So the reason that economists see a “sluggish” or “low-growth” economy in the foreseeable future is due to energy. From 2000-2008, we pretended that high rates of GDP growth could occur without increasing energy consumption. Increasing prosperity of the developing world has strained energy resources to the point that we must adjust to a future with energy consumption that is both lower and from new resources and technologies. These technologies and resources, even without considering altering them to prevent greenhouse gas emissions, are less productive. So if you put these concepts together, you end up with the result that we must (1) invest in new energy technologies that (2) employ more people per output (kWh, liter of fuel, etc.) and produce (3) lower net energy than historical coal, natural gas, and oil (even future coal, oil, and natural gas are less productive) such that (4) the energy sector grows as a proportion of the economy and (5) by definition the rest of the economy must shrink. Either this reality we become true, or the scientists working on fusion will pull a rabbit out of hat. No tax policy of a President will do much to significantly alter this equation. Only energy consumers can wait to see if we do or do not pull off sufficient technology solutions, and adjust their habits accordingly.

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Energy for complexity: big government vs big business – it doesn’t really matter which you hate

The economic struggles since mid-2008 are bringing out factions that highlight both the uncertainty of the future together with ignorance of how the past has led us to where we are today. In the US, we have the conservative “Tea Party” movement of the right that is complaining about excessive government spending and the liberal “anti-banking” faction on the left that is fed up with the fat cats on Wall Street skimming too much off the top. Both sides are correct in coming to grips with the fact that large organizations and bureaucracies (e.g. government and banks) are having a harder time coping with the current economic and social problems of today.

What has unfortunately been quite absent from most of the political discussions about how to get the economy “back on track” is the true role of energy resources and technologies. With all of the talk in the United States about the need to “connect the dots” for the “War on Terrorism”, what we really need to do is accept the way the energy and economic dots are connected in our modern industrial society.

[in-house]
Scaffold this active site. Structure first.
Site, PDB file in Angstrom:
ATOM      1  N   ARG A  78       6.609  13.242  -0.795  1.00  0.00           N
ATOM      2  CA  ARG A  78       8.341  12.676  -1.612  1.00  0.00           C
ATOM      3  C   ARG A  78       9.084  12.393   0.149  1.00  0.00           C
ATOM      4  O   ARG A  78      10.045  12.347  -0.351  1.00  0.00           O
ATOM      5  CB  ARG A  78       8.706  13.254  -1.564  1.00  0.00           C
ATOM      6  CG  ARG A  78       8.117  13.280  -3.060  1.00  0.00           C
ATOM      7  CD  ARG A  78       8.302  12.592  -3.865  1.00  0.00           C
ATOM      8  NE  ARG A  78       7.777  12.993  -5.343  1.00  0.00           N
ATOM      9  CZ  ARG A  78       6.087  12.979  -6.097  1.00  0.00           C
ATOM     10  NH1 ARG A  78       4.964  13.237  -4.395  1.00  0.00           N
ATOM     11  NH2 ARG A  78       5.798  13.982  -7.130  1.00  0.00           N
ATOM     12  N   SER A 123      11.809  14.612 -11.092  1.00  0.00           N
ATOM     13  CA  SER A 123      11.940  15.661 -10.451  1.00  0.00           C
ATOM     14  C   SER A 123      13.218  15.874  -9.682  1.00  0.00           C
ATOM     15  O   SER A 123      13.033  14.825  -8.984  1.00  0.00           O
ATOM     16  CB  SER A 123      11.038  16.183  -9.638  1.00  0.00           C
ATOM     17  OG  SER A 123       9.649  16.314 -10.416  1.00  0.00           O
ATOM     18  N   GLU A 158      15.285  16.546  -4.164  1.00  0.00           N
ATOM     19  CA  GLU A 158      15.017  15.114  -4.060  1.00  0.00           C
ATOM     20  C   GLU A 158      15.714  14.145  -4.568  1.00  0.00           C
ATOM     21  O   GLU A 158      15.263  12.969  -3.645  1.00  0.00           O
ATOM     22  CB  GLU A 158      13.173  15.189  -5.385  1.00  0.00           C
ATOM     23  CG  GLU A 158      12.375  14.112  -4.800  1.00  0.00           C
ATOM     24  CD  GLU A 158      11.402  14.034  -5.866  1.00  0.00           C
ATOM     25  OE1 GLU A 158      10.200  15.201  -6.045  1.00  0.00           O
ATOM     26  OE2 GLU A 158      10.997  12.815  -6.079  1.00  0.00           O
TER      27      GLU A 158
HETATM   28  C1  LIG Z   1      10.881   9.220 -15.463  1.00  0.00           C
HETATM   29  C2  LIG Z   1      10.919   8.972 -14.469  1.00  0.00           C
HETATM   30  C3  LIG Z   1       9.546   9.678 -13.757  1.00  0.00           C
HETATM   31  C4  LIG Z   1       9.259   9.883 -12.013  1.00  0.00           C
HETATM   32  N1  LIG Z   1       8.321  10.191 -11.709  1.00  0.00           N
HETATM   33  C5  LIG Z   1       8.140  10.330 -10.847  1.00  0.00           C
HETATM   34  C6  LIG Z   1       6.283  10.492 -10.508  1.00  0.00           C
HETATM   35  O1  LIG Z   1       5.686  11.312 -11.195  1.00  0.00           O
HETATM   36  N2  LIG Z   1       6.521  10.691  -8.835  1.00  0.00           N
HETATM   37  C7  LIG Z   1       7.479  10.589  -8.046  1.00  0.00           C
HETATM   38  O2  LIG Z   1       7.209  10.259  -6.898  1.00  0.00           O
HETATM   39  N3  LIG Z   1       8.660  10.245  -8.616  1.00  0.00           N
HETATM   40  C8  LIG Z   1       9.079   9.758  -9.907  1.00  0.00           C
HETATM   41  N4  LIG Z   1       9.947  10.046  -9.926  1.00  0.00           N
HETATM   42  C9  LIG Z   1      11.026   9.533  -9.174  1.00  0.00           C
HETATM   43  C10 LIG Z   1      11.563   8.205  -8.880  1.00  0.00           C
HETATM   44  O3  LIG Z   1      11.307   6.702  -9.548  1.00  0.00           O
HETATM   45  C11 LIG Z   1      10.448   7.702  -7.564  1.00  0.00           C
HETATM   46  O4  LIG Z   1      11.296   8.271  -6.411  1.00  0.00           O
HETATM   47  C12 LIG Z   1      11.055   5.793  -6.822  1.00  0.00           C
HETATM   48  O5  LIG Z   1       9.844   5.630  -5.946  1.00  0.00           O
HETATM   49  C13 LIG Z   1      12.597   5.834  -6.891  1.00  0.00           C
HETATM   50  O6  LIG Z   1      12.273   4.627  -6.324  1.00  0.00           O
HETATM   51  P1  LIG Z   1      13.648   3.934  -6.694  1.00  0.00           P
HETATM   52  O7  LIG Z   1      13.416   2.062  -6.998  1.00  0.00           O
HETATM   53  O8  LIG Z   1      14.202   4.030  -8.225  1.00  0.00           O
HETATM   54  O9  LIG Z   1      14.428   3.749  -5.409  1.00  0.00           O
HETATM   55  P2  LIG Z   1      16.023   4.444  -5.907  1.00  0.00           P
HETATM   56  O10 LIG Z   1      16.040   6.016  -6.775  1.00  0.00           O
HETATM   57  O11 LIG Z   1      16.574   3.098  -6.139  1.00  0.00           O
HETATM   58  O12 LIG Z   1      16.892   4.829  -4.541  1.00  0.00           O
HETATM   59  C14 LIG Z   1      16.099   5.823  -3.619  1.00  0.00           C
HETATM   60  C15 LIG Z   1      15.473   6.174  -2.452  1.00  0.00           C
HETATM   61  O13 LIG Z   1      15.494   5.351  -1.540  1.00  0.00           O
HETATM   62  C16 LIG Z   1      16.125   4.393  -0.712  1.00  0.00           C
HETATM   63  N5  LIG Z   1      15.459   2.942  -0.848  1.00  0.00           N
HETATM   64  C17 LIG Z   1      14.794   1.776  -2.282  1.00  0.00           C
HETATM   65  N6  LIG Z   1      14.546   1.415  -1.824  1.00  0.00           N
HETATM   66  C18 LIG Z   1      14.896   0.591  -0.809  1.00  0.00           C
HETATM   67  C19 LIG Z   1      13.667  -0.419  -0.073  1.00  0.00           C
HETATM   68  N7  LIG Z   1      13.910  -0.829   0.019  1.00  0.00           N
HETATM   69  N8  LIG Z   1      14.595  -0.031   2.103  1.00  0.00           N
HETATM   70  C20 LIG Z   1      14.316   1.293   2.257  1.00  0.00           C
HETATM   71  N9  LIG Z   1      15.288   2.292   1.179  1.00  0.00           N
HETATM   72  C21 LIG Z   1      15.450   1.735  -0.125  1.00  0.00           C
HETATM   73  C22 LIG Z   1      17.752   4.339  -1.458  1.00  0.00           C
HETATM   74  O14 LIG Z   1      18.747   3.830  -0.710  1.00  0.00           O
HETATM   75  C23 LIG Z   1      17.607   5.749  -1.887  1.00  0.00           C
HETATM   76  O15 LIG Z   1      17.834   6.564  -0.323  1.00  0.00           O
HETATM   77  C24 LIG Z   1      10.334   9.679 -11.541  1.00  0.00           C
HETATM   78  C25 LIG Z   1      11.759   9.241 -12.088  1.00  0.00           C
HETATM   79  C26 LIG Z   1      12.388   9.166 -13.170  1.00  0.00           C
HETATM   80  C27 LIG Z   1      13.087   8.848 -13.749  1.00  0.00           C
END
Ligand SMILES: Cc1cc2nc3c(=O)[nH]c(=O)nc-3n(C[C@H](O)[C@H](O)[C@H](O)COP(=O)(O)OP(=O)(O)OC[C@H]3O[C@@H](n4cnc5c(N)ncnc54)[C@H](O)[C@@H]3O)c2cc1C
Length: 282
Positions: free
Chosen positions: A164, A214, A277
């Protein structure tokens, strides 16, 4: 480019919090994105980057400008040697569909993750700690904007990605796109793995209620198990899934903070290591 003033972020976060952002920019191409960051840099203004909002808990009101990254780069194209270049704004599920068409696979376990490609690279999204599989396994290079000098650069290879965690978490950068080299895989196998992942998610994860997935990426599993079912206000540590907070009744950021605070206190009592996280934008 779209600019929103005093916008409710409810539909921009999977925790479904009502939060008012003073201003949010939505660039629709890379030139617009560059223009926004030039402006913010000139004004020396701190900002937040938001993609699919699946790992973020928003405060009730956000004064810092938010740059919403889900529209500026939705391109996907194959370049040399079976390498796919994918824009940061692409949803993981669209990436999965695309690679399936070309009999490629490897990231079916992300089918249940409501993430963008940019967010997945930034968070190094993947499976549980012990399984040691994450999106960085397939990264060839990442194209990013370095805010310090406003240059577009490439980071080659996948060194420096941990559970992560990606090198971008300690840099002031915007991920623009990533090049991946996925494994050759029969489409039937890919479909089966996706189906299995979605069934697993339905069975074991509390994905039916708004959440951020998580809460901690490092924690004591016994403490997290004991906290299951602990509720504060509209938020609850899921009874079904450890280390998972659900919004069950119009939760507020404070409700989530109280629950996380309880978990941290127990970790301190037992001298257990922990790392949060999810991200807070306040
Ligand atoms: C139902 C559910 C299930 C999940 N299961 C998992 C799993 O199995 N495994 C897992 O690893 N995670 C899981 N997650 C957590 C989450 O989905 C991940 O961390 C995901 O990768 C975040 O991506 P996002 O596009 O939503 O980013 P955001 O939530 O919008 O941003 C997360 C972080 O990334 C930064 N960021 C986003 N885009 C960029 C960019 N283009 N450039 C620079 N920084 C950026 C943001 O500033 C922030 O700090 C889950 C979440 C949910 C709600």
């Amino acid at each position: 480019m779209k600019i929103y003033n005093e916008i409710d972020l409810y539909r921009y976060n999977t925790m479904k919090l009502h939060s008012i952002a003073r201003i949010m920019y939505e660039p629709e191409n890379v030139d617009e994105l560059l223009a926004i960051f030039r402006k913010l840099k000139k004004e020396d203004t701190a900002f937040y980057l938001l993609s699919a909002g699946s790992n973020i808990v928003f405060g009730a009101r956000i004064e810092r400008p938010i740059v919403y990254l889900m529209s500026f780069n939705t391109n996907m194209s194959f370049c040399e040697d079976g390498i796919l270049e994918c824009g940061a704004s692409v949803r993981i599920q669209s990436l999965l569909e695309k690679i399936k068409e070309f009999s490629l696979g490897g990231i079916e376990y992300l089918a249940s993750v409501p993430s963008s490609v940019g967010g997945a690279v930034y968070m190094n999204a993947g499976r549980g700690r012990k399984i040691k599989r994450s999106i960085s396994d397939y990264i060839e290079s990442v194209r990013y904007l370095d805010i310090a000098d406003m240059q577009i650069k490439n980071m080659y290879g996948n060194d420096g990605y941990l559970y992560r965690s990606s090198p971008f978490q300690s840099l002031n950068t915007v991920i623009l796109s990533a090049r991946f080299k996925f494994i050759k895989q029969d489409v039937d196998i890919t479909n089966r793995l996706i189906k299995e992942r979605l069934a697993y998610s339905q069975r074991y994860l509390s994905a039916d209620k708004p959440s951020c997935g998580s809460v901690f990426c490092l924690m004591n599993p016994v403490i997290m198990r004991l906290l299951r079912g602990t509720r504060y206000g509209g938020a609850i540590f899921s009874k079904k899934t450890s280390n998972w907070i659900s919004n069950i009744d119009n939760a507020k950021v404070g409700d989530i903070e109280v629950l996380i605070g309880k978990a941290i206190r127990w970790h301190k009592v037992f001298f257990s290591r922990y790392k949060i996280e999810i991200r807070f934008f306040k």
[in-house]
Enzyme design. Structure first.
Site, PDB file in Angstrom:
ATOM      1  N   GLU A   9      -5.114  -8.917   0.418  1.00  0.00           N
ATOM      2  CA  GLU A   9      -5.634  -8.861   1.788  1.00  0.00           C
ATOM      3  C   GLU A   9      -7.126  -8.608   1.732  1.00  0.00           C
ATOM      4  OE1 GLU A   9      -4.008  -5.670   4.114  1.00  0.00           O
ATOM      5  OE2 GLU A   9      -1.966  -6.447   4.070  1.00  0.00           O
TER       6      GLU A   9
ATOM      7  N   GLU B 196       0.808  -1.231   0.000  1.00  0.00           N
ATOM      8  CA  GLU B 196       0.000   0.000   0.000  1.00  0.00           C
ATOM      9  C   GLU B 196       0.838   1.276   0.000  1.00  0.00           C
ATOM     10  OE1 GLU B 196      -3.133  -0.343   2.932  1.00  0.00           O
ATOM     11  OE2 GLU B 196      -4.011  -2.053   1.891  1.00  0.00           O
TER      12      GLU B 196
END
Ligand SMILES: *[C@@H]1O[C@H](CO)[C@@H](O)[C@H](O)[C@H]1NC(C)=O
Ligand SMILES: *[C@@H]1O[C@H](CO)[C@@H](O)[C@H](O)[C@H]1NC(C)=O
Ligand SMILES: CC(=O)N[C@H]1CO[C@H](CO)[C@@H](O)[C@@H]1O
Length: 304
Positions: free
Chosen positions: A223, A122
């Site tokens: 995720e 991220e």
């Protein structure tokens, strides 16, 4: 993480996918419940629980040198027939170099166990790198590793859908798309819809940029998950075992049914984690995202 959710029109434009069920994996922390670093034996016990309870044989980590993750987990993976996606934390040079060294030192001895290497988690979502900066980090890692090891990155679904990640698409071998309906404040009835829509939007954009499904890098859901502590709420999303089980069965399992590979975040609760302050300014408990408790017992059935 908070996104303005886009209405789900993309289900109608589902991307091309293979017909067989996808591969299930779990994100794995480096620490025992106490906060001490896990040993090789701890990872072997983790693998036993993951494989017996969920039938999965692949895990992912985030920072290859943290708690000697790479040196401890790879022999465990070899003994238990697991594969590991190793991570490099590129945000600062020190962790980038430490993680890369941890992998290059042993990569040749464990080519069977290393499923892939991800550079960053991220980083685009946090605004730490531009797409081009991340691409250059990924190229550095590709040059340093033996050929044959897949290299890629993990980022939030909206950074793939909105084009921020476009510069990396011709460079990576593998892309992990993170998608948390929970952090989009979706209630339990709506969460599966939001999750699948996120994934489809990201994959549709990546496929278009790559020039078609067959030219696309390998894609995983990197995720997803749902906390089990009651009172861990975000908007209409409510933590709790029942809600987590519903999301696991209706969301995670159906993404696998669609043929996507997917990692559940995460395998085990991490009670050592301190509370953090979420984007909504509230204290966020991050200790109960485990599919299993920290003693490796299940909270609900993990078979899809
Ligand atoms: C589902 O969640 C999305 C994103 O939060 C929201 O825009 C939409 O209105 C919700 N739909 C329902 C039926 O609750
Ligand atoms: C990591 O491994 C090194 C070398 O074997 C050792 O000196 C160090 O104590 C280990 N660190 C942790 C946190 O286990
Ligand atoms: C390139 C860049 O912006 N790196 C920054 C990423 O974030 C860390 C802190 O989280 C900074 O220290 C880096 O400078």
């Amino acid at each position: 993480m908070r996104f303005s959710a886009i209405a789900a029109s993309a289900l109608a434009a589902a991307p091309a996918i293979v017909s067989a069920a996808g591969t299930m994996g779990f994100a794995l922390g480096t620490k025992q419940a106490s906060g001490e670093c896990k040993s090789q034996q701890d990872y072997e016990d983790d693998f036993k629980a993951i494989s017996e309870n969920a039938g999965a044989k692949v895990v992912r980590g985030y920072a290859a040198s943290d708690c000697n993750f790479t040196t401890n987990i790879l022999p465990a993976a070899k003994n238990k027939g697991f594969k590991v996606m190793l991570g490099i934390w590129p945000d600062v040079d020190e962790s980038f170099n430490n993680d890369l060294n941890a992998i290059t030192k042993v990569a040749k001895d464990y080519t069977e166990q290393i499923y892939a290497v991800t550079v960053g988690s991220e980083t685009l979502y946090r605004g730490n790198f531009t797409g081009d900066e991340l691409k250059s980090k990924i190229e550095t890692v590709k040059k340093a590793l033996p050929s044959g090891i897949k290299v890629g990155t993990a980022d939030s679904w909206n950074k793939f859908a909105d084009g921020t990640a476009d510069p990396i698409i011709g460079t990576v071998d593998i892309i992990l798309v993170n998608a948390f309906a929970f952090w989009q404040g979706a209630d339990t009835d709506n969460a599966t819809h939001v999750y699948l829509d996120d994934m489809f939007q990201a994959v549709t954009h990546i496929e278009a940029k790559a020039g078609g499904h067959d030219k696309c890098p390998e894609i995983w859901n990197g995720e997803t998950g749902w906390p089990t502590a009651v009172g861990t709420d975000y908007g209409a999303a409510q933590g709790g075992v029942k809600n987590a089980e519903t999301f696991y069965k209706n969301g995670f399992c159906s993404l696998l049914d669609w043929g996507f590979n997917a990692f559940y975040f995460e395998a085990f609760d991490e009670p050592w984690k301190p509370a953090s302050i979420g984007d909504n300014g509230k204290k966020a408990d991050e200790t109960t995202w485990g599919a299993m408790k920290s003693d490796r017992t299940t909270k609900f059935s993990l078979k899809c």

By taking the following factors into account and enhancing our knowledge of how we can and cannot affect these indicators, we will “connect the dots” on our future as well as possible:

  • (1) Jevon’s Paradox states that increased efficiency in the use of resources (in this case energy resources) through the use of technology and structural change increases total resource consumption.
  • (a) Policy point: if we target increasing efficiency, we can expect to only delay environmental problems.
  • (2) The energy return on energy invested (EROI) for the combination of energy resources, renewable and fossil, together with technology that converts those resources into services dictates the level of complexity attainable by society.
  • (a) Policy point: society seems to have reached a level of complexity in the last 1–3 decades such that:
  • (3) The EROI of energy services has been extremely high with the use of fossil fuels, and EROI will eventually come to a value such that it is equal for fossil and renewable resources. That time of EROI equality will mark a turning point in human civilization.
  • (4) The human species has now grown in size that it is capable of affecting the environment on a global scale as opposed to only very localized impacts before the industrial revolution.

The connecting of the dots goes as follows:

  • (1) Humans organized into agrarian societies, and this was beneficial because it raised the EROI from farming, where the energy produced in this case was that energy embodied in food, not primary energy for operating machinery. The invention of tools and use of beasts of burden (horses, oxen, etc.) also enhanced human EROI (i.e. the amount of human energy required to grow food for human consumption).